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Page last updated at 11:33 GMT, Monday, 28 June 2004 12:33 UK

Indonesia flashpoints: The Moluccas

Ever since Indonesia achieved independence in 1949, the Jakarta government has faced a constant battle to keep the nation's 13,000 islands together. Click on the map below for some of the main areas of conflict.

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The Moluccas

Indonesians living in the Moluccas are fearful of a repeat of the violence which blighted the island chain before a peace deal was struck in 2002.

In the three years before the peace accord, an estimated 5,000 people were killed and 500,000 displaced to other areas of Indonesia.

People in Ambon run down a street after violence between Christian and Muslim groups, May 1999
The violence first erupted in Ambon in February 1999
It was not always this way though. For many years, Christian and Muslim communities lived peacefully together through traditional village alliances.

But resentments had probably been simmering beneath the surface for some time before violence erupted in 1999.

Muslims believed that Christians were given the best jobs in the civil service - a legacy, perhaps, of the fact that under Dutch colonial rule, Christians were offered better education.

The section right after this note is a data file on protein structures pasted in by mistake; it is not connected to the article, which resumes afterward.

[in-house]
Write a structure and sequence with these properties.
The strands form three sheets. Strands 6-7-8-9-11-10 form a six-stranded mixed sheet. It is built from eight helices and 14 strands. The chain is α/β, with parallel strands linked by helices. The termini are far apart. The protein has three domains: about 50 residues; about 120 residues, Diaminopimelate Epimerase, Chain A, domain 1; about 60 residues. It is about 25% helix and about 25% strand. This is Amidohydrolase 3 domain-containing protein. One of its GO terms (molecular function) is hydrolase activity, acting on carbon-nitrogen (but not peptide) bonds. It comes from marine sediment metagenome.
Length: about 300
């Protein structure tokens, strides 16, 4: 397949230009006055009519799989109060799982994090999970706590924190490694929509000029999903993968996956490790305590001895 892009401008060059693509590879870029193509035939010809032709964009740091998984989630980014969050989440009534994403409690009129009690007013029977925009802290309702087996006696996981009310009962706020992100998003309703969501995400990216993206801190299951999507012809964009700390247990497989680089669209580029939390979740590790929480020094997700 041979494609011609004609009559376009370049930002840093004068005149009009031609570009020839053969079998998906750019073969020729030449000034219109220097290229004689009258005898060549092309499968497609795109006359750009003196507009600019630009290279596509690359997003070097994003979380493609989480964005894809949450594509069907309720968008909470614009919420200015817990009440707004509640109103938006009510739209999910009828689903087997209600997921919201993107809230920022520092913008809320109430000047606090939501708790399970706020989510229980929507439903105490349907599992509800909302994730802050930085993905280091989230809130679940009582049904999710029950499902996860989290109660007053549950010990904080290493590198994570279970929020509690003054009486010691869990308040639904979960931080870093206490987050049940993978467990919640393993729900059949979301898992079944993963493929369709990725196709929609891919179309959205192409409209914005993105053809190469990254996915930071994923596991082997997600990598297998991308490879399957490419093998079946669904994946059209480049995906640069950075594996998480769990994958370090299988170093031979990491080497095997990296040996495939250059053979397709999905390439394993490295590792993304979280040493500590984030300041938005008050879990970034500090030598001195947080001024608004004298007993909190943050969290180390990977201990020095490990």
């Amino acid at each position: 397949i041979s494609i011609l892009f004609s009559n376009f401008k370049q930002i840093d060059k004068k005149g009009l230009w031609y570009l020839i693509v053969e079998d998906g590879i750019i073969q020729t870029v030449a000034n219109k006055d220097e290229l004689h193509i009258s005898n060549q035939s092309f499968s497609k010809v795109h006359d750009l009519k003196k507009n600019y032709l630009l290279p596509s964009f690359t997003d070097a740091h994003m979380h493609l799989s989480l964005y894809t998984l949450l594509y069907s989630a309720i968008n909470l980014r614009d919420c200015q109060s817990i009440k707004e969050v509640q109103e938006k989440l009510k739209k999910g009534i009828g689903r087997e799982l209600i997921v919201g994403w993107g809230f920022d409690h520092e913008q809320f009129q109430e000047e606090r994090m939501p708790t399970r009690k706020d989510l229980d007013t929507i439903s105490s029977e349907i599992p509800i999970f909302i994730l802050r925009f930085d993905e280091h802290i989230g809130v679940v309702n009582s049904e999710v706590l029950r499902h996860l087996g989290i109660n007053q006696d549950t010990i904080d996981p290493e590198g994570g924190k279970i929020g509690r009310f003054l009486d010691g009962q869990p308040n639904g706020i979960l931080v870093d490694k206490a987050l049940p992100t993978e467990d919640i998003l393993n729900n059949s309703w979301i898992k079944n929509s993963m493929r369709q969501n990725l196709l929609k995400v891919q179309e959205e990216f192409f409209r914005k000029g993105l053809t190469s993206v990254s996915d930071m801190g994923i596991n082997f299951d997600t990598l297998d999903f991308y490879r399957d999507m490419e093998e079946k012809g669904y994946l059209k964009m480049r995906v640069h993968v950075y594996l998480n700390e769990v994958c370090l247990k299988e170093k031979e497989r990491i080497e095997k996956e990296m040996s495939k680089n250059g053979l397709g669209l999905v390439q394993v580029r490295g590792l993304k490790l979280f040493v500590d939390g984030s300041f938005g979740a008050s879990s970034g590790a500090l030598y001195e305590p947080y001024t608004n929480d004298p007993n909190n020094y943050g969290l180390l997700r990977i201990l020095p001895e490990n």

Christians feared that an influx of Muslims from other parts of Indonesia, as part of a nationwide transmigration project, would make them a vulnerable minority.

These differences were suppressed under the authoritarian rule of former President Suharto. But after his downfall in 1998, the fault lines were exposed.

THE MOLUCCAS: KEY FACTS
map
Island chain which used to be called the Spice Islands
54% of inhabitants are Muslim and 44% are Christian
Between 1999 and 2002, thousands were killed in clashes
Peace deal signed in 2002, but sporadic violence continues
In January 1999, violence finally erupted - sparked by a minor traffic accident on the island of Ambon.

The conflict quickly spread to the surrounding islands, and thousands of people were killed in the ensuing mayhem.

Outside agents - including Islamic militant groups such as Laskar Jihad, as well as armed forces from Jakarta - exacerbated the carnage still further.

The violence continued throughout 2000, but died down by mid-2001.

A peace accord was signed in February 2002, and both sides then set about rebuilding their lives and restoring order.

For a while it seemed that the peace deal was working.

But in April 2004, more than 40 people died in clashes sparked by an illegal rally by a Christian gang in Ambon.

With the renewal of sporadic acts of violence, observers have expressed scepticism about the peace deal's long-term success.




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